Moreover, navigating the complexities of civilian healthcare systems and insurance can be an additional adjustment.

Despite these challenges, the experience and expertise gained as a military respiratory therapist can be a valuable asset in their civilian career.

Many healthcare facilities recognize the importance of military training and experience in shaping skilled and disciplined professionals.

Note: By effectively utilizing their military background and adapting to civilian practice, transitioning respiratory therapists have the potential to excel in their careers within the civilian healthcare sector.

FAQs About Military Respiratory Therapists

Can a Respiratory Therapist Join the Military?

Yes, respiratory therapists can join the military. They are vital healthcare professionals within the military medical corps, providing essential respiratory care to service members across various branches, including in hospitals, clinics, and field settings.

Does the Air Force Have Respiratory Therapists?

Yes, the Air Force employs respiratory therapists. They work in Air Force medical facilities worldwide, providing critical care, managing ventilatory support, and conducting pulmonary function testing to ensure the health and readiness of airmen and their families.

Can I Be a Respiratory Therapist in the Army?

Absolutely, you can be a respiratory therapist in the Army. Army respiratory therapists serve in medical treatment facilities, combat support hospitals, and field units, offering specialized respiratory care and emergency medical support to soldiers and beneficiaries.

Can I Be a Respiratory Therapist in the Air Force?

Yes, you can be a respiratory therapist in the Air Force. In this role, you’ll have the opportunity to work in Air Force hospitals and clinics, engaging in patient care that includes emergency services, critical care, and pulmonary rehabilitation, as well as participating in aeromedical evacuations.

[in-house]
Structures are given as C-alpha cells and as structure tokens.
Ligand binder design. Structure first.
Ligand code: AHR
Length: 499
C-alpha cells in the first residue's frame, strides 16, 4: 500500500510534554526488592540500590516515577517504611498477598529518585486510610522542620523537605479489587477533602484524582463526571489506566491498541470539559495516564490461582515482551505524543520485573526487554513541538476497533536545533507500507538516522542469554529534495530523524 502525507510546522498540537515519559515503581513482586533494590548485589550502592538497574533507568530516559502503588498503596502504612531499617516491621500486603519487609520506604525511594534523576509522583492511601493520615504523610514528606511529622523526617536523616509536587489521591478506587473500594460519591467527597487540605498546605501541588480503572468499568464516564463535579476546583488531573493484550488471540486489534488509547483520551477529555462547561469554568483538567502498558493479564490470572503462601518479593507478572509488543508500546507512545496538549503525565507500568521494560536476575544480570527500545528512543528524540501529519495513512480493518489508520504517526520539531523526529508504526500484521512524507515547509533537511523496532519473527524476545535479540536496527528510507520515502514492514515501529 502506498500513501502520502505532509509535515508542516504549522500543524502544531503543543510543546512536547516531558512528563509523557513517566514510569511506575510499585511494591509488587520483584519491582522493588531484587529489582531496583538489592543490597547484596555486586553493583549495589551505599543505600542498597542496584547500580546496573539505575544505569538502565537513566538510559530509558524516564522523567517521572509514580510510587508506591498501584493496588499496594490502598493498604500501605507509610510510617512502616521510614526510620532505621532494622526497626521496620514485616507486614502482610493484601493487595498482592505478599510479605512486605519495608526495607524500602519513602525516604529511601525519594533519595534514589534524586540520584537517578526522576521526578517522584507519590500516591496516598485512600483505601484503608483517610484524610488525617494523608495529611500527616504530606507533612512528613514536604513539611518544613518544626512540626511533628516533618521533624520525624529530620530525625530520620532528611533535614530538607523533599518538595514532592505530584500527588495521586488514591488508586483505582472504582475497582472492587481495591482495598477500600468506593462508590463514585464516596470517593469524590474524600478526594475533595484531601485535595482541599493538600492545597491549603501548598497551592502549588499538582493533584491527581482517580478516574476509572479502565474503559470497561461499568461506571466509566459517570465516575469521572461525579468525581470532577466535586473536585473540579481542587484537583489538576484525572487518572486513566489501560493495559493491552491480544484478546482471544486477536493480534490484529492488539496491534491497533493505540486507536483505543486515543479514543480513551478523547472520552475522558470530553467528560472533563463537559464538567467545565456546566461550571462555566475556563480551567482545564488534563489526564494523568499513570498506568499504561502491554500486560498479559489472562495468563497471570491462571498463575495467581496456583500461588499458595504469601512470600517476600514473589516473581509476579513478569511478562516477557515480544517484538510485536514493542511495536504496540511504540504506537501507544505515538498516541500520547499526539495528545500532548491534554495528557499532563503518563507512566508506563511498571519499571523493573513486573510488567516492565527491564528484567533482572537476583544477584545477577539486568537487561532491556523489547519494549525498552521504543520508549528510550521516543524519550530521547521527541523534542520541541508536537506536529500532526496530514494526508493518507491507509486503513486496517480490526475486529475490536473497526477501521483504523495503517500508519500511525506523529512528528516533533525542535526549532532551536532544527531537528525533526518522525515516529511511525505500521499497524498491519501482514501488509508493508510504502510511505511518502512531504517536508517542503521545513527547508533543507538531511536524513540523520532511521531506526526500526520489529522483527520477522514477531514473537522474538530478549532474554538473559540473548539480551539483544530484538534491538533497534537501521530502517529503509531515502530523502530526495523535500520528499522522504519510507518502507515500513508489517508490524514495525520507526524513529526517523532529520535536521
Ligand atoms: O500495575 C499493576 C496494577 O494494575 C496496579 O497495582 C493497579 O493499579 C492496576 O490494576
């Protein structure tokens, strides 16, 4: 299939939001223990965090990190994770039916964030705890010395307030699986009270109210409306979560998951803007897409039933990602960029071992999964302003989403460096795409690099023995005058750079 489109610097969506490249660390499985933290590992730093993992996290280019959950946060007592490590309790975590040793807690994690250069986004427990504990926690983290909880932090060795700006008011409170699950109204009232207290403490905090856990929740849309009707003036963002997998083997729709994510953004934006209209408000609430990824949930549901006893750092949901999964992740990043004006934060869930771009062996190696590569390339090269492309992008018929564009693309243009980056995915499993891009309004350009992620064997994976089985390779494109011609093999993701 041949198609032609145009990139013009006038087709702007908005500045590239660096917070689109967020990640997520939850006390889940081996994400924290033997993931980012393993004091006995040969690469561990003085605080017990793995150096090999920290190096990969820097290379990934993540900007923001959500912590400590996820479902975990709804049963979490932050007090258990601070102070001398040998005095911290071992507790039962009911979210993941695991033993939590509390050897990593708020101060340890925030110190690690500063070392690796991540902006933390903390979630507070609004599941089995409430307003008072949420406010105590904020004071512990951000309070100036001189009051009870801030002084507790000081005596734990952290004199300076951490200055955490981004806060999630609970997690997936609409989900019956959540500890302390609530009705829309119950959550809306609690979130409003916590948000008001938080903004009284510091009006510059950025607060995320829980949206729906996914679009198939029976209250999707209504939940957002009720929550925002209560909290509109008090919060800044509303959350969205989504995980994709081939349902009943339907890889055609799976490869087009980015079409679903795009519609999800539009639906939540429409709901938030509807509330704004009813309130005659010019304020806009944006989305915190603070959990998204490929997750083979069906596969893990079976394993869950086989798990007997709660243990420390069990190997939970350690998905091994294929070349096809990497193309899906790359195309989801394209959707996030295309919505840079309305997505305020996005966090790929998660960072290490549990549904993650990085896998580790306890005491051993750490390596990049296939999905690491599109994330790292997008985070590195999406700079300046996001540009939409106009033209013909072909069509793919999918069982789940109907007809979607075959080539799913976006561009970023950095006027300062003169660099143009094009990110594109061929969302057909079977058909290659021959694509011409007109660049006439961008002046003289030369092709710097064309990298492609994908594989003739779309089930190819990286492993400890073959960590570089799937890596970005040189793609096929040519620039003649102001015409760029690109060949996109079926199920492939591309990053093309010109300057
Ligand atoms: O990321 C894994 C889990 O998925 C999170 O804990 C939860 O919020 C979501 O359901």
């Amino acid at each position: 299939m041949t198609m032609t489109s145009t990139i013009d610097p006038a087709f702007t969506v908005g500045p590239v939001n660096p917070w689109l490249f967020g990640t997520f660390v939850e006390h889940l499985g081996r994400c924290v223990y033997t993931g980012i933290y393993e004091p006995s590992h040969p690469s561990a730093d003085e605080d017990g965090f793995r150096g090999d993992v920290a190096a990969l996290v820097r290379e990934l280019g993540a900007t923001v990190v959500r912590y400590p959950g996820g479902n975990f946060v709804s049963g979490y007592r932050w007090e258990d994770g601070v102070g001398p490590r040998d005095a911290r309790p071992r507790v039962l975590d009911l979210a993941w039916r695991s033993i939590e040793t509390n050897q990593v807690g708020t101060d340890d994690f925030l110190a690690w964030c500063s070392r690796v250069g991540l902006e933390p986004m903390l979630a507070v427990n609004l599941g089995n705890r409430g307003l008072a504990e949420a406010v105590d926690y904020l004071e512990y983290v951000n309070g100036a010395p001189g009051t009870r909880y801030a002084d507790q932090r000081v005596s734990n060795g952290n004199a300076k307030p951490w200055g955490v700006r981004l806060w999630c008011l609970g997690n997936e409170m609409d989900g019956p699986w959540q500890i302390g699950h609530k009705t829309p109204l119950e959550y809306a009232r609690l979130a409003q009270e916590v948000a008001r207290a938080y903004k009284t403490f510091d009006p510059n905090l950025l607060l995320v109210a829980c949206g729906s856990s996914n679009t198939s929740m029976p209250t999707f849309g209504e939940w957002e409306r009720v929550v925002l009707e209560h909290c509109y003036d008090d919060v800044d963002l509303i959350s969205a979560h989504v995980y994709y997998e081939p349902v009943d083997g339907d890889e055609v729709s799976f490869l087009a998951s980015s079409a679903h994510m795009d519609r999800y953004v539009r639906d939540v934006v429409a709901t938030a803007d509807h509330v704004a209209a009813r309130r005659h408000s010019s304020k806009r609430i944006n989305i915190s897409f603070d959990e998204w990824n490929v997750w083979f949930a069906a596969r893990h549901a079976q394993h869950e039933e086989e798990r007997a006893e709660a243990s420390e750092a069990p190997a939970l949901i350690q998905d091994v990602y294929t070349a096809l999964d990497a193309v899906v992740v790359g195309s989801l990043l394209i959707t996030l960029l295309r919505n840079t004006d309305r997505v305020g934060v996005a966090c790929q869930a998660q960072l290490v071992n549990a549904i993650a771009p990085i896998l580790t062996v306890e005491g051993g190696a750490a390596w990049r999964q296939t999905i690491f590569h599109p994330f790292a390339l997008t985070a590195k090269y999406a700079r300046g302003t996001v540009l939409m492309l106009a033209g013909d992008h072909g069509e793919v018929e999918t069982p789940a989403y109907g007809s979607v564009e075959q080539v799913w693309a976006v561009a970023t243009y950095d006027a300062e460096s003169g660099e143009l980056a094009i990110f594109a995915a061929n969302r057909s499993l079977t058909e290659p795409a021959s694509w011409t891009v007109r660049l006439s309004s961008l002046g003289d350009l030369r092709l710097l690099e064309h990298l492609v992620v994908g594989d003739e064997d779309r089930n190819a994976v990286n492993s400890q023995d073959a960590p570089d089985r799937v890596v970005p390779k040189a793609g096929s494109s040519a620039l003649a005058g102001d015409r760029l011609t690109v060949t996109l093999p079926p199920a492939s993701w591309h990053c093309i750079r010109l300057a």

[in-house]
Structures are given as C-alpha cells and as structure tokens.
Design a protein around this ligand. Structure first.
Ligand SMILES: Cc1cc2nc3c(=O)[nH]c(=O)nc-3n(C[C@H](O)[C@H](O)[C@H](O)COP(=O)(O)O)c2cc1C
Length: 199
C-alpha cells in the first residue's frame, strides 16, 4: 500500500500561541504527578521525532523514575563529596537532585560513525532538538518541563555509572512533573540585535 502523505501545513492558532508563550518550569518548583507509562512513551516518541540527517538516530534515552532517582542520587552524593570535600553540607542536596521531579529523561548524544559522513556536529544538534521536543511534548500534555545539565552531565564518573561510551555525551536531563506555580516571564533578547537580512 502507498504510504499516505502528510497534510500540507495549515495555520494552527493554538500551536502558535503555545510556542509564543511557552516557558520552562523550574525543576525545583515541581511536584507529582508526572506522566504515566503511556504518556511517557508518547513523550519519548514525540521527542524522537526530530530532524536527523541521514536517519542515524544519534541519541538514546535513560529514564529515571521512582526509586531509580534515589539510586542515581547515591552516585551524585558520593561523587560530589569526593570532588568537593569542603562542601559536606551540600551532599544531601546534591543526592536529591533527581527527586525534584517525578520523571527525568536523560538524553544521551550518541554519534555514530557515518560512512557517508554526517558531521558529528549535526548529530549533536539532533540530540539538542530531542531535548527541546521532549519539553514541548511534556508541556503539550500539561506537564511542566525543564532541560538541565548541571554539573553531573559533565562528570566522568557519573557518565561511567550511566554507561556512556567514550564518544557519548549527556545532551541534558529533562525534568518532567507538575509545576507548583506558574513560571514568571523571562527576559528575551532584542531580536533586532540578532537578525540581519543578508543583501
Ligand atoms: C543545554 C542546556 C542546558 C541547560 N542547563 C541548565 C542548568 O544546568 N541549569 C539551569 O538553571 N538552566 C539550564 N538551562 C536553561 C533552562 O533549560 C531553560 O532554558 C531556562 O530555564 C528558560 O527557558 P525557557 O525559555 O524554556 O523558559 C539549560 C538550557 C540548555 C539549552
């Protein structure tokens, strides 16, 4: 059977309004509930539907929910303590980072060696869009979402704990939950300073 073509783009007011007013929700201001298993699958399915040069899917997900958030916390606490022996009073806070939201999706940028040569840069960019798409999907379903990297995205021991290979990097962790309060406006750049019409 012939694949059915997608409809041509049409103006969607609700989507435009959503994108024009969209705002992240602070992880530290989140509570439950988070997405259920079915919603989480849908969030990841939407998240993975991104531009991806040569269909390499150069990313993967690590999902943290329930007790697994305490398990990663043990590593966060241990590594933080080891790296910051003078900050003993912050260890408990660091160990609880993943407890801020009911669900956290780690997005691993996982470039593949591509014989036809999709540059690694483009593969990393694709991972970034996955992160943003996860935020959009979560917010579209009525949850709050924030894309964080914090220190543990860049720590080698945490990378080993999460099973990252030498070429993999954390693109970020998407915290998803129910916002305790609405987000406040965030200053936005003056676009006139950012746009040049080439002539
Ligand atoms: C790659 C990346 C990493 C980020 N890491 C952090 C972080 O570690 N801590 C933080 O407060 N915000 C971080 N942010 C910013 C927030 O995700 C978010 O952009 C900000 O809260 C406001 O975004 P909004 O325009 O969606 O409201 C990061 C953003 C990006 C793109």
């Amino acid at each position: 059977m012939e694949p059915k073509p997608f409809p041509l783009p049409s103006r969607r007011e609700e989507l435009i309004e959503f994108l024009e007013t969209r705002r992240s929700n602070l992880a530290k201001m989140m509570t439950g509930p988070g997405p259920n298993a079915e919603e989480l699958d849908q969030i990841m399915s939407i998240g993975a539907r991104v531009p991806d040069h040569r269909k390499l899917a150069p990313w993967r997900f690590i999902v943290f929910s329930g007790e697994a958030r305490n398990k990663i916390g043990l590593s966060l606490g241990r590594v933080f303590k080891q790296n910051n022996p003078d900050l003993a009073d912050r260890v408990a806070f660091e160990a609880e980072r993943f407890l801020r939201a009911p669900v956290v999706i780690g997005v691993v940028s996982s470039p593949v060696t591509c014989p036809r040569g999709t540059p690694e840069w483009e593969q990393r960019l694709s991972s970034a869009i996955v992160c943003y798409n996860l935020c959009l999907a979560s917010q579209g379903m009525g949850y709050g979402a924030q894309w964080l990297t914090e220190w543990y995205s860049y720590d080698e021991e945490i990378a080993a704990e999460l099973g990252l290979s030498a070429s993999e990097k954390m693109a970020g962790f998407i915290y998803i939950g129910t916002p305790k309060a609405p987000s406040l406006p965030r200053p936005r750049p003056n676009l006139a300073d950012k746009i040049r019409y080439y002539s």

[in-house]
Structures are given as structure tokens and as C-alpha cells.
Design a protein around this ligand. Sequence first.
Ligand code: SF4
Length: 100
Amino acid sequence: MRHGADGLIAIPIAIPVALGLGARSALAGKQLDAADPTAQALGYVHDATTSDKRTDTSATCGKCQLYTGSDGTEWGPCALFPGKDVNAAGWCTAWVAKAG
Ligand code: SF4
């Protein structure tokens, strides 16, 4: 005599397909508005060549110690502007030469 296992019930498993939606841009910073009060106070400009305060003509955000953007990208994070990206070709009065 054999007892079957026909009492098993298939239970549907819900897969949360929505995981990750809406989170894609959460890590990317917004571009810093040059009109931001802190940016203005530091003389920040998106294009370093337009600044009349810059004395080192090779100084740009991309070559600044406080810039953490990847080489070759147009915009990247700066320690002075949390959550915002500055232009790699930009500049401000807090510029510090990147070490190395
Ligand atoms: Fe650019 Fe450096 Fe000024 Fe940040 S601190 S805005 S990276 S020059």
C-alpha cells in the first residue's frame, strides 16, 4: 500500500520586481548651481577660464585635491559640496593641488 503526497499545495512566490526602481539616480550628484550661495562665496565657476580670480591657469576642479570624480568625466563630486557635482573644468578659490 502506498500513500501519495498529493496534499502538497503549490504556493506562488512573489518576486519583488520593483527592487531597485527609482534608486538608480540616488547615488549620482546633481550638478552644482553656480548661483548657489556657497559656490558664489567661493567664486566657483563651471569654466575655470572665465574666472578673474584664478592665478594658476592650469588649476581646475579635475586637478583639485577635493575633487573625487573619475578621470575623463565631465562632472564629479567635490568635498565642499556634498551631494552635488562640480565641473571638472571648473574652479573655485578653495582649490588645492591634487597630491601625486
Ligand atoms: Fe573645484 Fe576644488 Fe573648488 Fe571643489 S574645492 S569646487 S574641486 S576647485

Does the Navy Have Respiratory Therapists?

Yes, the Navy employs respiratory therapists. These medical professionals work within naval hospitals, aboard ships, and at Marine Corps facilities.

They provide a wide range of respiratory care services, including emergency respiratory support, chronic care management, and ventilator support, to sailors, Marines, and their families.

What Does a Respiratory Therapist Do in the Army?

A respiratory therapist in the Army plays a crucial role in diagnosing, treating, and managing respiratory ailments among soldiers and their dependents.

They are responsible for operating and maintaining respiratory equipment, conducting pulmonary function tests, managing patients on ventilators, and providing emergency respiratory care in both clinical and field environments.

Note: Their expertise is vital in ensuring the respiratory health and operational readiness of Army personnel.

Final Thoughts

Respiratory therapists play a pivotal role in the military, providing critical care that ensures the respiratory health and readiness of service members across all branches.

The unique challenges and environments encountered in military service offer respiratory therapists unparalleled professional growth and the opportunity to serve in diverse roles, from emergency and trauma care to education and research.

While the demands are high, the comprehensive benefits and compensation package, including competitive salaries, healthcare, housing allowances, and generous retirement plans, make a career as a military respiratory therapist both rewarding and secure.

Serving in this capacity not only allows for personal and professional development but also instills a profound sense of purpose through contributing to the nation’s defense and supporting fellow service members in their time of need.

John Landry, BS, RRT

Written by:

John Landry, BS, RRT

John Landry is a registered respiratory therapist from Memphis, TN, and has a bachelor's degree in kinesiology. He enjoys using evidence-based research to help others breathe easier and live a healthier life.